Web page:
Wow. I am so shocked at how much every word you say conveys my whole life in illustration because that too is my everyday world. Since I was able 12 I’ve worn a watch, I’ve had my Casio digital watch for 9 years. When I unpack my groceries I put an even amount of drinks and food in the fridge. I’m. Obsessed with even numbers. I’m big on symmetry and geometric. I hate being late anywhere I go. I’m a stay at home mom but fortunate enough to be able to take my daughter to school. We have to leave the school @ 9. Any minute later matters to me for some reason. And reach a certain light by 9:07 and 9:22 for 9:30. And my gas has to even on 27.79 (27 is my angle number and my car always fills up at 27 ironically lol) this is just amazing. For some reason I always knew this of my. I count the rectangles on the ceiling of buildings, lights, always using my calculator cause ironically I’m horrible at math. But I never thought for it to be OCD. I dont think it affects my life, but I notice it every single time. I’m watching a show on Netflixx called the mind explain. If you’d like. Thank you. Would like to hear back.
This is exactly how I experience my life!!! Ive been trying to look up people with similar experiences but whenever I look up “time obsession” or “number obsession” its never what i mean. Im my head there are such things as “good” or “bad” numbers. Almost every night I need to wait until a “good” time until I can fall asleep but if i get distracted I need to wait. This sometimes makes me stay up for hours after I planned to go to bed. Its the same thing when getting out of bed or brushing my teeth. I get such an intense anxiety when I dont wait until a certain time or when I solve a math problem in school that isnt a “nice” number or decimal. Even at times like _:46 I feel the urge to wait until the next o’ clock because 50 or 55 doesn’t feel as nice as seeing :00.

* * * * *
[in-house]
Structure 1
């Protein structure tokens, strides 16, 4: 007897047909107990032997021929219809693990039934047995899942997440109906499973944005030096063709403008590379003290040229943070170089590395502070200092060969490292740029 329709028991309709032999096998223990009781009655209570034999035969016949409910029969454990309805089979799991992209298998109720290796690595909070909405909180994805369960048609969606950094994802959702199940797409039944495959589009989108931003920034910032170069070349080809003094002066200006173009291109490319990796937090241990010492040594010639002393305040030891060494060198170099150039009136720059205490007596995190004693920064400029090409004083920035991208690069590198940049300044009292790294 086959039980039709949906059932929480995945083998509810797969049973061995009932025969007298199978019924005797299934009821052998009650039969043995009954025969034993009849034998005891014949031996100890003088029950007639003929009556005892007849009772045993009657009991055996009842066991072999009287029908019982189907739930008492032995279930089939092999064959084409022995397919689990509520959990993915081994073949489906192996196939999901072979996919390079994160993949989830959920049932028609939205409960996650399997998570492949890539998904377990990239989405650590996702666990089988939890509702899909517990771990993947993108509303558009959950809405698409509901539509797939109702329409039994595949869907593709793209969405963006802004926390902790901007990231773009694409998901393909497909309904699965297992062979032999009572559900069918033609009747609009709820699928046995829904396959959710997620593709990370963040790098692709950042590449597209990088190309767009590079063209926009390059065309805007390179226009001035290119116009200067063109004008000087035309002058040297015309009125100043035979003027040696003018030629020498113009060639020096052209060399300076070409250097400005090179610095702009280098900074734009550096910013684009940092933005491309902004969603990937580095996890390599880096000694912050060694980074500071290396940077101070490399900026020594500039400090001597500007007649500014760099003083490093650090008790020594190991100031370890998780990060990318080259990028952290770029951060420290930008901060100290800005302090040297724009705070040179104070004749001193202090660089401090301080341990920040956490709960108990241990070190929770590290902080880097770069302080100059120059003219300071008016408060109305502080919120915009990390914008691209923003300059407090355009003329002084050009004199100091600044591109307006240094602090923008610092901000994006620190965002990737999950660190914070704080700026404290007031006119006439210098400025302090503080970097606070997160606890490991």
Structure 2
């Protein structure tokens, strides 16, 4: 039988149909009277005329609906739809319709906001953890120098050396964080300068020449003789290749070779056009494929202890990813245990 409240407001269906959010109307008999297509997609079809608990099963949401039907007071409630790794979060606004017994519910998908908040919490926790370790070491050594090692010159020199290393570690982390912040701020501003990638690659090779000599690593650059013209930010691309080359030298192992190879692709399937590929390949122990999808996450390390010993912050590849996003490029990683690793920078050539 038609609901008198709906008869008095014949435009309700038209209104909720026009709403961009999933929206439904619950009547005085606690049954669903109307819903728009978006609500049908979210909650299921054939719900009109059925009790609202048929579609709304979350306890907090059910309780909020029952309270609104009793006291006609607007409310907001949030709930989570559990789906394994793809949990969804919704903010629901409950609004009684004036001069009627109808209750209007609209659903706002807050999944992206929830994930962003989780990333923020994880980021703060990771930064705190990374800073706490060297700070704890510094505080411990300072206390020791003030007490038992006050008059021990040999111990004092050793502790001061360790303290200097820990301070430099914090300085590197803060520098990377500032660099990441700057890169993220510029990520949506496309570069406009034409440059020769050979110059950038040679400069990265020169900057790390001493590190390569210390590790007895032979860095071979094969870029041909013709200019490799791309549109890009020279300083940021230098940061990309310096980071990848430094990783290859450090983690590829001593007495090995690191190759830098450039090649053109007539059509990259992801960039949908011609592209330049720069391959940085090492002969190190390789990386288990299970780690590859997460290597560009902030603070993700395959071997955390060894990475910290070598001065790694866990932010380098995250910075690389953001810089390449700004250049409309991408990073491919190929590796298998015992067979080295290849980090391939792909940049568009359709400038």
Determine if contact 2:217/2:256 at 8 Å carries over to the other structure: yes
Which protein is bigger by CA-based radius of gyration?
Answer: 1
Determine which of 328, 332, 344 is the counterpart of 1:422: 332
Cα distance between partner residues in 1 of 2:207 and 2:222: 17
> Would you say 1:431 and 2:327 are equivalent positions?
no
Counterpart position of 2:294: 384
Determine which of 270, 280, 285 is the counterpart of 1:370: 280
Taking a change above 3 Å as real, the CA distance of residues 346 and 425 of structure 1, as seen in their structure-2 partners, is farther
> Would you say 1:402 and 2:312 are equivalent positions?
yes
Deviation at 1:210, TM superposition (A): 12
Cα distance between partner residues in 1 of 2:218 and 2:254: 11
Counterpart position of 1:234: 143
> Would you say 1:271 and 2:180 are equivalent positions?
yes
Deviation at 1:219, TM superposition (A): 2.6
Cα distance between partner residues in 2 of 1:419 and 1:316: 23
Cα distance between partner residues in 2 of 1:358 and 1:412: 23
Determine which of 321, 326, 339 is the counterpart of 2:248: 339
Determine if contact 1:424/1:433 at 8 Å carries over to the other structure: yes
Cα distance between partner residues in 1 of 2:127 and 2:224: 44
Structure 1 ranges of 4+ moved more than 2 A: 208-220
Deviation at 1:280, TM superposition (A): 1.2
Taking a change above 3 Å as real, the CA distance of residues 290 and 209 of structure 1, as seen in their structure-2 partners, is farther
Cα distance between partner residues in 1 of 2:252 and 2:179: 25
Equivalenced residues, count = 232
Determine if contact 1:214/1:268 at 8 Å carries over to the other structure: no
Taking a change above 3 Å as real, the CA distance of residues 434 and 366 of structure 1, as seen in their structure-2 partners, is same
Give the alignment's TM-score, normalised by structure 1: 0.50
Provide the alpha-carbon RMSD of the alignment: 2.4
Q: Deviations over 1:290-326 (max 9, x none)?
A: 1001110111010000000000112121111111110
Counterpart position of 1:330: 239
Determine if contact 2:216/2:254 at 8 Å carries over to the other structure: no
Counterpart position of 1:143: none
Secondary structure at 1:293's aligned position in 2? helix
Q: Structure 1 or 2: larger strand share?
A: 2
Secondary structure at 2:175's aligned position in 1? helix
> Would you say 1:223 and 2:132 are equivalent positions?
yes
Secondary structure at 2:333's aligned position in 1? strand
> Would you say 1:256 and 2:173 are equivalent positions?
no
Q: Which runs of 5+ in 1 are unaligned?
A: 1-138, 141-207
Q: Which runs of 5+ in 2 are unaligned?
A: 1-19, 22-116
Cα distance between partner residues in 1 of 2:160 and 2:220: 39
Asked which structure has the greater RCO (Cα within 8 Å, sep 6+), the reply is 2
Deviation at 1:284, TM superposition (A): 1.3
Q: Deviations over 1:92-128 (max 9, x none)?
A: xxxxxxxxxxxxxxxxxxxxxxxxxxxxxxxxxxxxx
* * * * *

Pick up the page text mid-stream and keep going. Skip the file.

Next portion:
Similar experiences of what you experienced are also disturbing my sister badly..she even has some sucidal thoughts sometimes.Her condition is worsening day by day and this ‘time obsession’ is getting over her with everything she does, from waking up, charging the phone , opening and closing the door, switching on and swtiching off every phone in the home including mine. This obsession is affecting and controlling the life of other family members also..please help me with this as i have nowhere to look for for such problems and exact type of OCD. I felt relieved when i read this blog as i was thinking before that my sister’s case is a unique one and no one can understand this. But i think you can help me with this. Please provide your e-mail so i can contact you to know more about it. Please help me.
Hi Ralph, thank you so much for reaching out. Please feel free to email us at firstname.lastname@example.org to connect with a member of our staff for more information and resources. Also, we host weekly livestreams with clinicians/therapists in our community (you can watch live at iocdf.org/live) and these streams are a great space to ask questions, connect with others in the OCD community, as well as learn more about OCD and related disorders. Our next livestream will be on Wednesday, July 20th at 12pm ET.